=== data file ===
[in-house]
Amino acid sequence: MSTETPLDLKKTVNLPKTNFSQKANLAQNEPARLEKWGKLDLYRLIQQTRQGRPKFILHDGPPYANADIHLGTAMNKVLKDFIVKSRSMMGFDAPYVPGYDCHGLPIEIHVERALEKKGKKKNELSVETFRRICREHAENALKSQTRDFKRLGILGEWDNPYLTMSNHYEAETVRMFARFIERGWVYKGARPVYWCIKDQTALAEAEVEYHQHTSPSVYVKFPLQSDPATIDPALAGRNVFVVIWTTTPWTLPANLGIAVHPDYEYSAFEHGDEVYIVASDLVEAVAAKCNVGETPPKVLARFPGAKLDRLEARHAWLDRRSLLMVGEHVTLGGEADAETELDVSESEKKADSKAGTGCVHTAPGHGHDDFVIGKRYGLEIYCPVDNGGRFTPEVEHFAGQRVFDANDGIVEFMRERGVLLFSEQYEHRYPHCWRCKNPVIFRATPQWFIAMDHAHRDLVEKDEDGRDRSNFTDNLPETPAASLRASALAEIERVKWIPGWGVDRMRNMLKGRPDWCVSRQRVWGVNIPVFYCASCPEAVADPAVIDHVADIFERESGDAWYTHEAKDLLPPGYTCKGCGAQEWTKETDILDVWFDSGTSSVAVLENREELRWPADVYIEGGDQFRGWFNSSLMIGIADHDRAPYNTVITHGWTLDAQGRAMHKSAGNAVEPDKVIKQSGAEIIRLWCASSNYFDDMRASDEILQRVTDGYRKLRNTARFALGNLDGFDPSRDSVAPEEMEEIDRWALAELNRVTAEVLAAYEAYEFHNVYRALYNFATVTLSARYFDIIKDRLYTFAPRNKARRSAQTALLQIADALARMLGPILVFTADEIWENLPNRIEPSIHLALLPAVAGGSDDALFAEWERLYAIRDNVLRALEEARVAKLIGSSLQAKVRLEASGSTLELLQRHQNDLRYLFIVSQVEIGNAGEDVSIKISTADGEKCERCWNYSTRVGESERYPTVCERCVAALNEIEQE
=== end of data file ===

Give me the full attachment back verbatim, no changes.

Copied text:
[in-house]
Amino acid sequence: MSTETPLDLKKTVNLPKTNFSQKANLAQNEPARLEKWGKLDLYRLIQQTRQGRPKFILHDGPPYANADIHLGTAMNKVLKDFIVKSRSMMGFDAPYVPGYDCHGLPIEIHVERALEKKGKKKNELSVETFRRICREHAENALKSQTRDFKRLGILGEWDNPYLTMSNHYEAETVRMFARFIERGWVYKGARPVYWCIKDQTALAEAEVEYHQHTSPSVYVKFPLQSDPATIDPALAGRNVFVVIWTTTPWTLPANLGIAVHPDYEYSAFEHGDEVYIVASDLVEAVAAKCNVGETPPKVLARFPGAKLDRLEARHAWLDRRSLLMVGEHVTLGGEADAETELDVSESEKKADSKAGTGCVHTAPGHGHDDFVIGKRYGLEIYCPVDNGGRFTPEVEHFAGQRVFDANDGIVEFMRERGVLLFSEQYEHRYPHCWRCKNPVIFRATPQWFIAMDHAHRDLVEKDEDGRDRSNFTDNLPETPAASLRASALAEIERVKWIPGWGVDRMRNMLKGRPDWCVSRQRVWGVNIPVFYCASCPEAVADPAVIDHVADIFERESGDAWYTHEAKDLLPPGYTCKGCGAQEWTKETDILDVWFDSGTSSVAVLENREELRWPADVYIEGGDQFRGWFNSSLMIGIADHDRAPYNTVITHGWTLDAQGRAMHKSAGNAVEPDKVIKQSGAEIIRLWCASSNYFDDMRASDEILQRVTDGYRKLRNTARFALGNLDGFDPSRDSVAPEEMEEIDRWALAELNRVTAEVLAAYEAYEFHNVYRALYNFATVTLSARYFDIIKDRLYTFAPRNKARRSAQTALLQIADALARMLGPILVFTADEIWENLPNRIEPSIHLALLPAVAGGSDDALFAEWERLYAIRDNVLRALEEARVAKLIGSSLQAKVRLEASGSTLELLQRHQNDLRYLFIVSQVEIGNAGEDVSIKISTADGEKCERCWNYSTRVGESERYPTVCERCVAALNEIEQE